“The big boys hold the key to it continuing. They have found it difficult to resist putting on capacity in the past.” But he believes this time will be different. “Now there are only two of them, both are listed companies and they will be cautious.”
Aside from rising unemployment, the currency exchange rate may be the biggest factor determining demand.
“A lot depends on the euro,” says Greenacre. “The pound is probably at its lowest point and there are predictions of the rate recovering to euro 1.20-1.28 to the pound for July. That would really help.” For now, he says: “People are looking for value for money.”
A shift towards all-inclusive and half-board bookings, reported by The Co-operative Travel in March, has continued. Greenacre reports the group’s all-inclusive sales up by about 10% year on year and half-board bookings more than 35% up.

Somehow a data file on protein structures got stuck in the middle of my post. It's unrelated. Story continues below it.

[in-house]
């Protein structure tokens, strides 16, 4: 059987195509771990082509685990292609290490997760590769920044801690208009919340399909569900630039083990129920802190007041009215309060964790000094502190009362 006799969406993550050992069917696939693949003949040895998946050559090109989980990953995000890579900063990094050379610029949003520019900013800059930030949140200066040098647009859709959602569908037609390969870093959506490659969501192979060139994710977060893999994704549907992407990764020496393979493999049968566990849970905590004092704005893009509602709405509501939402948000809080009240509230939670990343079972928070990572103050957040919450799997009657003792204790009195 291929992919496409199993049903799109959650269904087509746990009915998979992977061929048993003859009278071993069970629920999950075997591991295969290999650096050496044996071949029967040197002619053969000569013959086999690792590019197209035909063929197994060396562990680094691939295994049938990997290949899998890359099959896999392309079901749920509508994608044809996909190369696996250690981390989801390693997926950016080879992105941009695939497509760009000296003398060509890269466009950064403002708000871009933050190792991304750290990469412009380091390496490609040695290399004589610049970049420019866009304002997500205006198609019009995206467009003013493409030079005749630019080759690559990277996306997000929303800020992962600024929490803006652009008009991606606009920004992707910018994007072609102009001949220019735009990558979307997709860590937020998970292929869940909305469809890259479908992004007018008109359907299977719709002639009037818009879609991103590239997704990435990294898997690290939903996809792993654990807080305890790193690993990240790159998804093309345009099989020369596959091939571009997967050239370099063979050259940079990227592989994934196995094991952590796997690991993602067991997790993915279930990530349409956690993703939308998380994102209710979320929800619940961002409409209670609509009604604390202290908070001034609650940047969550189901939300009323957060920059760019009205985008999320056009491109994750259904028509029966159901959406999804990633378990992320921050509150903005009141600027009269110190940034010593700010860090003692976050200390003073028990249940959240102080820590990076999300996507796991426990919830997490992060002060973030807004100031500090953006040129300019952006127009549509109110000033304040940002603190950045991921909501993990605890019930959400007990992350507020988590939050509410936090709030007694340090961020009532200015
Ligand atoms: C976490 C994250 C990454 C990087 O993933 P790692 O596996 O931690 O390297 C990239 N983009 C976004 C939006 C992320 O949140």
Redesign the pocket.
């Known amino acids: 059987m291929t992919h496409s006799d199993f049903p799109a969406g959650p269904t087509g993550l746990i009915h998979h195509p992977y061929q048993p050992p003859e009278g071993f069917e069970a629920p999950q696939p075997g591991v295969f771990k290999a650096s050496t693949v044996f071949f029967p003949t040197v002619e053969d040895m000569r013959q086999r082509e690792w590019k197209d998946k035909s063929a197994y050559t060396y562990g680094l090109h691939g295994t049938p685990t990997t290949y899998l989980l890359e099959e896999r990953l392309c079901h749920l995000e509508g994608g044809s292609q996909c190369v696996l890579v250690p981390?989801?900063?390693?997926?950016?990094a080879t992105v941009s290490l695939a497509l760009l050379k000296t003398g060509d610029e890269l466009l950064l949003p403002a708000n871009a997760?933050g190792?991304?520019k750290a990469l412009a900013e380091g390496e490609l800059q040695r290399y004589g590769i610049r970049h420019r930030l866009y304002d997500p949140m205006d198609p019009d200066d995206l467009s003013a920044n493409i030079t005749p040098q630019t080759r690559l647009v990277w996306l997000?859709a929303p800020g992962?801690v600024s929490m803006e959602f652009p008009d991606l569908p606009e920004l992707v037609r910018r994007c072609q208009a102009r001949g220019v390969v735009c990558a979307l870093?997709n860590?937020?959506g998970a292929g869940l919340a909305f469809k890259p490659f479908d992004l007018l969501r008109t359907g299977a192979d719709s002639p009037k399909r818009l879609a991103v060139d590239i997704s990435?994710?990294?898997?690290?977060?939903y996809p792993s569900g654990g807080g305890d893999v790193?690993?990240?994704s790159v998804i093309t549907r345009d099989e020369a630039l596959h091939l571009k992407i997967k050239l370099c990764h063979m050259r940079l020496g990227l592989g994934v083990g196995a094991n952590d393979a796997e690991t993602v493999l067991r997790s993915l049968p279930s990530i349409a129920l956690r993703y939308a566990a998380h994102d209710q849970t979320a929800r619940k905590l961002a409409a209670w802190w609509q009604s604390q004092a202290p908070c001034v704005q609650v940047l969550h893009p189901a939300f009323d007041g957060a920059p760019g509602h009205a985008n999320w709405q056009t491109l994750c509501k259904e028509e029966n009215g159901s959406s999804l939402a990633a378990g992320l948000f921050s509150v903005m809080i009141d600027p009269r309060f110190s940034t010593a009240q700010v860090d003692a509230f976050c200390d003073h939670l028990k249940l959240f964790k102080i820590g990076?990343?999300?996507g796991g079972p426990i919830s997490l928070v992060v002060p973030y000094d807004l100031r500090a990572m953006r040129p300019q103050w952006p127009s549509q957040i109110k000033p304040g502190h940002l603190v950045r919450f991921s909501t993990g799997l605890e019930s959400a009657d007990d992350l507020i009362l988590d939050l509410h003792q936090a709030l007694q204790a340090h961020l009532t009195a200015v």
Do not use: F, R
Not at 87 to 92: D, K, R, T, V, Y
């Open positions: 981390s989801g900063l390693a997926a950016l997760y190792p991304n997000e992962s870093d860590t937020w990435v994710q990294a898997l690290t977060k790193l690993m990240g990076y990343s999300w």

The group is about to launch its own tour operation Co-operative Holidays – in partnership with Cosmos. But Greenacre is determined to keep details of the first brochure, for summer 2010, under wraps. He declines to say anything about the programme or capacity other than that the former will be predominantly a mix of short and medium-haul destinations and the latter “very cautious”.
What he will say is: “It is a partnership built around financial stability.” He insists: “We have no intention of creating a high-volume, low-price product. We will not set out to be the cheapest – we are not interested. It will be a quality product. We will have a good range that is all-round good value for money, with some differentiation around Co-operative social values and ethical policies.”
Greenacre is looking to offer customers Fairtrade products – food and drinks, suntan lotions and other items.
But we will not see the programme until the major tour operators launch their own for summer 2010, probably in July. “In the market we are in, it is sensible to wait and concentrate on selling summer 2009,” he says.
“There will be a significant gap in the amount of business we transact between April and July, but we believe we will make it up.”